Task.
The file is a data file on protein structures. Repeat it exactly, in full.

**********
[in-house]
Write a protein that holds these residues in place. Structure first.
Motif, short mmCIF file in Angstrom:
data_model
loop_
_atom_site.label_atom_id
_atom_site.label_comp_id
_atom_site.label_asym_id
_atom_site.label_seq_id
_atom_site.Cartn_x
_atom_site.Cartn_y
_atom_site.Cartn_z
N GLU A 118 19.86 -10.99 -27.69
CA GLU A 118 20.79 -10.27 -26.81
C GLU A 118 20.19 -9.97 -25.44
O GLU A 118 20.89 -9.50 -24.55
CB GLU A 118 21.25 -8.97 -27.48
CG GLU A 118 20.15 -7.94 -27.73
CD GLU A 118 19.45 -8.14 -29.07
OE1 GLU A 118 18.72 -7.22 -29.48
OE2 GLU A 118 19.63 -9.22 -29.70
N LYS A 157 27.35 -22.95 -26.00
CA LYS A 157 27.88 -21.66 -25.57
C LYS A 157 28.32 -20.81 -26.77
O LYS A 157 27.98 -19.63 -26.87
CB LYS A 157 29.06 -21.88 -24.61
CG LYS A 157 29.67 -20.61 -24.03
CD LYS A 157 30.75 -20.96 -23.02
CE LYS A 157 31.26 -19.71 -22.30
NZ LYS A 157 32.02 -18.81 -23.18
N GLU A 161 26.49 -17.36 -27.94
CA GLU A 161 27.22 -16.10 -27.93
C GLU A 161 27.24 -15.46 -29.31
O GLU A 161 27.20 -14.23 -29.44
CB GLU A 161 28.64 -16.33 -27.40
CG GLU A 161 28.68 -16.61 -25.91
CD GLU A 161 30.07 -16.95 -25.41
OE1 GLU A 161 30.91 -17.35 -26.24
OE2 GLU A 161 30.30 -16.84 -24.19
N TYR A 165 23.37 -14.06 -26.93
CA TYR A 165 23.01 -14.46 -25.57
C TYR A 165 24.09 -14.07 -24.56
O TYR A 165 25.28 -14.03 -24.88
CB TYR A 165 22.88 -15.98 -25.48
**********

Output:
[in-house]
Write a protein that holds these residues in place. Structure first.
Motif, short mmCIF file in Angstrom:
data_model
loop_
_atom_site.label_atom_id
_atom_site.label_comp_id
_atom_site.label_asym_id
_atom_site.label_seq_id
_atom_site.Cartn_x
_atom_site.Cartn_y
_atom_site.Cartn_z
N GLU A 118 19.86 -10.99 -27.69
CA GLU A 118 20.79 -10.27 -26.81
C GLU A 118 20.19 -9.97 -25.44
O GLU A 118 20.89 -9.50 -24.55
CB GLU A 118 21.25 -8.97 -27.48
CG GLU A 118 20.15 -7.94 -27.73
CD GLU A 118 19.45 -8.14 -29.07
OE1 GLU A 118 18.72 -7.22 -29.48
OE2 GLU A 118 19.63 -9.22 -29.70
N LYS A 157 27.35 -22.95 -26.00
CA LYS A 157 27.88 -21.66 -25.57
C LYS A 157 28.32 -20.81 -26.77
O LYS A 157 27.98 -19.63 -26.87
CB LYS A 157 29.06 -21.88 -24.61
CG LYS A 157 29.67 -20.61 -24.03
CD LYS A 157 30.75 -20.96 -23.02
CE LYS A 157 31.26 -19.71 -22.30
NZ LYS A 157 32.02 -18.81 -23.18
N GLU A 161 26.49 -17.36 -27.94
CA GLU A 161 27.22 -16.10 -27.93
C GLU A 161 27.24 -15.46 -29.31
O GLU A 161 27.20 -14.23 -29.44
CB GLU A 161 28.64 -16.33 -27.40
CG GLU A 161 28.68 -16.61 -25.91
CD GLU A 161 30.07 -16.95 -25.41
OE1 GLU A 161 30.91 -17.35 -26.24
OE2 GLU A 161 30.30 -16.84 -24.19
N TYR A 165 23.37 -14.06 -26.93
CA TYR A 165 23.01 -14.46 -25.57
C TYR A 165 24.09 -14.07 -24.56
O TYR A 165 25.28 -14.03 -24.88
CB TYR A 165 22.88 -15.98 -25.48